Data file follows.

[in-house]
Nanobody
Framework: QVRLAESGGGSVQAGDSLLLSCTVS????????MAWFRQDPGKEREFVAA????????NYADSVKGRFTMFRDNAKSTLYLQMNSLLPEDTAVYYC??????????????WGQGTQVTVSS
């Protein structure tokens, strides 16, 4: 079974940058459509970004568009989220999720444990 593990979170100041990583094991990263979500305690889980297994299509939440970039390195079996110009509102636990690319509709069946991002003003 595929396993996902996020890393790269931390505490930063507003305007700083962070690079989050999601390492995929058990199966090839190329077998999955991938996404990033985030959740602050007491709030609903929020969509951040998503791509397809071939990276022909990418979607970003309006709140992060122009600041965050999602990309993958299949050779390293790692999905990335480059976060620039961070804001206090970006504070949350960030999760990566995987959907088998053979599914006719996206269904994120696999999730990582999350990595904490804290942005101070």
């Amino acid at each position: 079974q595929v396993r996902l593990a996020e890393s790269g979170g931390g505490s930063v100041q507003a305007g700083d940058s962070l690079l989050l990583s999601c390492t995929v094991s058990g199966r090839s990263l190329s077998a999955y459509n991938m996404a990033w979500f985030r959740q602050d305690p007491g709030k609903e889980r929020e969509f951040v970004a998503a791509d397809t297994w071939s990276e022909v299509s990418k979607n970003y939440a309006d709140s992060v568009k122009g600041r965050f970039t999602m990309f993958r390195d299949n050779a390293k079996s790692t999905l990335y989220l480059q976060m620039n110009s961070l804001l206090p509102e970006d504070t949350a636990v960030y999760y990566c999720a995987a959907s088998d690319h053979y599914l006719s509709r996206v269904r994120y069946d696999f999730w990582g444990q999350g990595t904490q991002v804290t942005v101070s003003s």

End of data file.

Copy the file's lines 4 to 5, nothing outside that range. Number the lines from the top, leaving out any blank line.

């Protein structure tokens, strides 16, 4: 079974940058459509970004568009989220999720444990 593990979170100041990583094991990263979500305690889980297994299509939440970039390195079996110009509102636990690319509709069946991002003003 595929396993996902996020890393790269931390505490930063507003305007700083962070690079989050999601390492995929058990199966090839190329077998999955991938996404990033985030959740602050007491709030609903929020969509951040998503791509397809071939990276022909990418979607970003309006709140992060122009600041965050999602990309993958299949050779390293790692999905990335480059976060620039961070804001206090970006504070949350960030999760990566995987959907088998053979599914006719996206269904994120696999999730990582999350990595904490804290942005101070």
């Amino acid at each position: 079974q595929v396993r996902l593990a996020e890393s790269g979170g931390g505490s930063v100041q507003a305007g700083d940058s962070l690079l989050l990583s999601c390492t995929v094991s058990g199966r090839s990263l190329s077998a999955y459509n991938m996404a990033w979500f985030r959740q602050d305690p007491g709030k609903e889980r929020e969509f951040v970004a998503a791509d397809t297994w071939s990276e022909v299509s990418k979607n970003y939440a309006d709140s992060v568009k122009g600041r965050f970039t999602m990309f993958r390195d299949n050779a390293k079996s790692t999905l990335y989220l480059q976060m620039n110009s961070l804001l206090p509102e970006d504070t949350a636990v960030y999760y990566c999720a995987a959907s088998d690319h053979y599914l006719s509709r996206v269904r994120y069946d696999f999730w990582g444990q999350g990595t904490q991002v804290t942005v101070s003003s």